MLB's desire to limit contract lengths would benefit the Red Sox

World Series - Philadelphia Phillies v Houston Astros - Game Two
World Series - Philadelphia Phillies v Houston Astros - Game Two / Bob Levey/GettyImages
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The Red Sox found the perfect extension for Rafael Devers

The Red Sox did budge on their stance regarding long-term deals when they signed Rafael Devers to an 11-year, $331 million extension. The difference is that Devers is only 26 years old. He'll be 36 in the final year of his deal, an age where he could conceivably still be a productive hitter.

The Devers extension is a perfect example of how the Red Sox would prefer to handle retaining their stars. Not only do they not have to worry about paying Devers a star's salary until he's approaching his 40th birthday, but the deal also doesn't include opt-outs.

The Red Sox had Bogaerts on a team-friendly deal that he was essentially guaranteed to opt out of as long as he was healthy. That put the team in an awkward position. They still wanted him for the next several years but not for another decade. Perhaps if they paid him more over the course of his previous contract, they could have avoided the inclusion of the opt-out clause that led to his departure. There are no such concerns with the Devers deal.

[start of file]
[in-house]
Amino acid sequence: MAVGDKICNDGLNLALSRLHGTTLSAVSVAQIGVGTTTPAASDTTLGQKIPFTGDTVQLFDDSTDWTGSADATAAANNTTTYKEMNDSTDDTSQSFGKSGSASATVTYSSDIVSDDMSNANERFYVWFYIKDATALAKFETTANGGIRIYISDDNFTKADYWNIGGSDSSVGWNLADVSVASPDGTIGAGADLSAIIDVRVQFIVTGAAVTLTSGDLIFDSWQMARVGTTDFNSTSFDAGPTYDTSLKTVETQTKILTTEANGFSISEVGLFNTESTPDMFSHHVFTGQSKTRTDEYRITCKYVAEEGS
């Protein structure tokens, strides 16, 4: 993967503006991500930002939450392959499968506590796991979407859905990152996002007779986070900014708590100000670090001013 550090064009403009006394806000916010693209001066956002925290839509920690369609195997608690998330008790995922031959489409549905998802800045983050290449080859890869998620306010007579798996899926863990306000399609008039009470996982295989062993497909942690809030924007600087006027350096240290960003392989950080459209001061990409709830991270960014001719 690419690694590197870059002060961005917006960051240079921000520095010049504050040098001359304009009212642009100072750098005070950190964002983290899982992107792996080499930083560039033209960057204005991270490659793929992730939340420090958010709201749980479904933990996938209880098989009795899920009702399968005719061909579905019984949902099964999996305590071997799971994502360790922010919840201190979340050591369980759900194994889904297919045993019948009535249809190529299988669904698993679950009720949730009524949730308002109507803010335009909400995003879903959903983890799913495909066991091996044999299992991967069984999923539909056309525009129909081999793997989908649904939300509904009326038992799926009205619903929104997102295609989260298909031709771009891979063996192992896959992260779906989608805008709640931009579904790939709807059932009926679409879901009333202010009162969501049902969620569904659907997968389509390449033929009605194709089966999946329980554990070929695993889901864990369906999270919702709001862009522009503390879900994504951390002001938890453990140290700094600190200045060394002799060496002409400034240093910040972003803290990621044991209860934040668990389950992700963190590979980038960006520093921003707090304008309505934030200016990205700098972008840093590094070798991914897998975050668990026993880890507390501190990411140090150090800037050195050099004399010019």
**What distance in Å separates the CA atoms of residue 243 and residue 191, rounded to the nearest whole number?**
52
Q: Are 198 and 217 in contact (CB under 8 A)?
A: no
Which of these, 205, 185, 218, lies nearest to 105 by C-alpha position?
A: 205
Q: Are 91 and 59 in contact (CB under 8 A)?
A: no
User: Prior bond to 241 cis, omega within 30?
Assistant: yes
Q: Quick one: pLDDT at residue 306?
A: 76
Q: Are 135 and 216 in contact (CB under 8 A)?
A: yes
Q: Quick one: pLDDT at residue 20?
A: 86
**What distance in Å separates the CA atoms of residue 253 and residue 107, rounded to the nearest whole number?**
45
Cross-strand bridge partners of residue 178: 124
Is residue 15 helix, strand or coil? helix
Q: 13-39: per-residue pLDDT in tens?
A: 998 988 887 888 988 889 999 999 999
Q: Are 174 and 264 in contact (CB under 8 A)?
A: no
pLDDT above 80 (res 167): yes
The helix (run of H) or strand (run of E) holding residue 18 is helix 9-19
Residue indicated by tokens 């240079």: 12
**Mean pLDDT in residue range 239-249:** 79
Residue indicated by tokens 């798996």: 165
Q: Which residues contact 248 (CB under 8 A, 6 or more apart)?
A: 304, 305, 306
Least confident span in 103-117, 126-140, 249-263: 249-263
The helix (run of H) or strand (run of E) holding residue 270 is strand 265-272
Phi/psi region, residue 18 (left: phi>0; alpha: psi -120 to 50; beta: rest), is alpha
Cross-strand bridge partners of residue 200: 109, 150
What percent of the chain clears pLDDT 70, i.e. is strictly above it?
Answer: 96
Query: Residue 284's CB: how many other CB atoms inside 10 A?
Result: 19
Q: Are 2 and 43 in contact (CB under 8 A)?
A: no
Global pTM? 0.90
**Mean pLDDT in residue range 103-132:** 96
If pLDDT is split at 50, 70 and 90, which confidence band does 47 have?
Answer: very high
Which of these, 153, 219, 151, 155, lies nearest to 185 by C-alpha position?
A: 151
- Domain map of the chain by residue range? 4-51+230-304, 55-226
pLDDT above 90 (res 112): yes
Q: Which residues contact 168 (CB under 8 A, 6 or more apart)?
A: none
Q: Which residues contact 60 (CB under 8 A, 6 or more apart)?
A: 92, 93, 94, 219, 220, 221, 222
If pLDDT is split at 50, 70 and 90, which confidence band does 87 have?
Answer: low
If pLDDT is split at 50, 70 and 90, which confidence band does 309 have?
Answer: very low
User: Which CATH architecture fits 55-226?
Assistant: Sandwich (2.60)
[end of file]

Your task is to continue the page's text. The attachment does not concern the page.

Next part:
An opt-out clause came back to bite the Padres with the contract for Bogaerts' new teammate, Manny Machado. The Padres signed the star third baseman to a 10-year, $300 million deal in 2019 that included an opt-out after the 2023 season, which Machado threatened to trigger if he wasn't given an extension. San Diego ended up giving him a new 11-year, $350 million deal earlier this year to prevent Machado from hitting free agency after this season. Instead of having Machado locked into a deal that pays him $30 million per year until he's 35 years old, the Padres gave him a raise on a new deal that lasts until he's 40. San Diego will ultimately end up paying Machado about $500 million between the two contracts, well more than they initially signed up for.

The current market is extremely favorable to the players. Teams are handing out mammoth deals to star players that extend beyond their prime. The opt-out clauses are becoming more common, giving players more of an advantage. If they perform to the expectations of their deal and the market explodes, they will opt out to get a bigger contract. If their performance declines or they get injured, they have the security of the years remaining on that existing deal.

We don't know if MLB's reform plans would address opt-outs but it might be a moot point if contract limits are short enough to make the clauses less appealing. Even if that's not the case, shorter deals would still fit into Boston's plans.

Unless the market shifts again with teams pivoting away from decade-plus long deals, the Red Sox will continue to be at a disadvantage to acquire the top free agents or retain their own stars until they change their stance on contract lengths. If Manfred and the MLB owners succeed in their goal to implement limitations, they will have found the solution for them.